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Country collecting

From stamps to Twitter followers — as a species we just can’t resist collecting things. So should we dash around the world, purely to collect stamps in our passports? A growing number of clubs welcoming the world’s most travelled people suggest the answer is yes, but the ‘how’ and ‘why’ remain up for fervent discussion

Country collecting

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For Lee Abbamonte, the last stop on the quest became the most dangerous. With Libya embroiled in civil war, he arrived at the border amid a storm of bullets. He inched into the country through the firefight and, in doing so at the age of 32, became the youngest American to visit every country in the world. The list of 193 United Nations member states was finally ticked off, and a modern-day Phileas Fogg-esque challenge was completed.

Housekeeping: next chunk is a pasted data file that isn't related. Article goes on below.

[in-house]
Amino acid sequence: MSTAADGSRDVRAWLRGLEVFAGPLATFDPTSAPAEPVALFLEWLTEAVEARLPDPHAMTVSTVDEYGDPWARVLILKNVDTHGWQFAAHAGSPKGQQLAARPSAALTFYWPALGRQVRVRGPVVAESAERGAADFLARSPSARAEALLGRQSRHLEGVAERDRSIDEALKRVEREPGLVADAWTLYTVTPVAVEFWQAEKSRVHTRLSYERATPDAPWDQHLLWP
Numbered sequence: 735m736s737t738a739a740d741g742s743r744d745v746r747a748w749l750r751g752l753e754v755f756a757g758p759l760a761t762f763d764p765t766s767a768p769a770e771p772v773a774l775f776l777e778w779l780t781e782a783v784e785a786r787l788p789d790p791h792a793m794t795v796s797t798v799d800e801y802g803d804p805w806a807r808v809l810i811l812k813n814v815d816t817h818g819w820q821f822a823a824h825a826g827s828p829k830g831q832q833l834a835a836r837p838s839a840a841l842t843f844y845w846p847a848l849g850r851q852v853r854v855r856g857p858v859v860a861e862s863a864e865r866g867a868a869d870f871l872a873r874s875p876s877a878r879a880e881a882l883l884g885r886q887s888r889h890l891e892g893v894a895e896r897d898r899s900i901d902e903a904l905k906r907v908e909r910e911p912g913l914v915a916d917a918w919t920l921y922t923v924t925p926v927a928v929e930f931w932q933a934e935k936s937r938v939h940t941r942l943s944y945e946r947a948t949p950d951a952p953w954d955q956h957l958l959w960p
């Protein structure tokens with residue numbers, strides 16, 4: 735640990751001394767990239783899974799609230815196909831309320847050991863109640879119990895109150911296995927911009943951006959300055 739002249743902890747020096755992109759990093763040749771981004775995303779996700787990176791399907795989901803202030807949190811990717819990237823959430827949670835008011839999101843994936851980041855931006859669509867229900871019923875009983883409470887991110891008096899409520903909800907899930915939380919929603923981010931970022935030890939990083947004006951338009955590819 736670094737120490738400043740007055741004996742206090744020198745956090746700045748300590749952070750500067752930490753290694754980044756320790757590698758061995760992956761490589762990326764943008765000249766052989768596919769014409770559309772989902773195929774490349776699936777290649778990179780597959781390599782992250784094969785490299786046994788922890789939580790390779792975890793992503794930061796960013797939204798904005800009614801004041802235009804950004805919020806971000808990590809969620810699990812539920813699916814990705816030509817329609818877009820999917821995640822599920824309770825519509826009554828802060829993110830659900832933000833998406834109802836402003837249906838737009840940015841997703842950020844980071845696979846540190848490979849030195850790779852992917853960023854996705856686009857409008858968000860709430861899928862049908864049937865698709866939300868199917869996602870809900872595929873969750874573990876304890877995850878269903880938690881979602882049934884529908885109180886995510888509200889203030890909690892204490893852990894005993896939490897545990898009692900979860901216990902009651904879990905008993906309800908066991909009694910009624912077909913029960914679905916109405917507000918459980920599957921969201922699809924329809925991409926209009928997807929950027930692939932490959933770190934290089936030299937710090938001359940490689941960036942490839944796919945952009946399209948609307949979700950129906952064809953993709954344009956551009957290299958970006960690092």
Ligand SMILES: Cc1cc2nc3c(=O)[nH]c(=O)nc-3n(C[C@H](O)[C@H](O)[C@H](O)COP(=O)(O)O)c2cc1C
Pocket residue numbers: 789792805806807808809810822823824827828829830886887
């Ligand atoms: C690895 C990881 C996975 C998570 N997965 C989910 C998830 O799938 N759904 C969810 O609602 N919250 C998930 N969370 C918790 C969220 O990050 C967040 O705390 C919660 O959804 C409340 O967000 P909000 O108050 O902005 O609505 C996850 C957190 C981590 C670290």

An entrepreneur who has worked in finance, travel writing and TV commentary, Abbamonte says he picked up the travel bug while at university. “It got to the point where I realised I’d been to about two-thirds of the world. But the mission only became a conscious thing after I found there was a record for being the youngest person to do it.”

Abbamonte’s country collecting hurtle around the world is perhaps an extreme take on something many travellers do. Few would honestly deny the thrill of landing in a new country for the first time, and for years Facebook has been awash with ‘Where I’ve been’ maps created through the likes of Travbuddy.com.

It’s arguably just a physical extension of having good geography trivia knowledge in a pub quiz or being able to rattle off ‘Central African Republic’ and ‘Tuvalu’ with indecent haste while watching quiz show Pointless.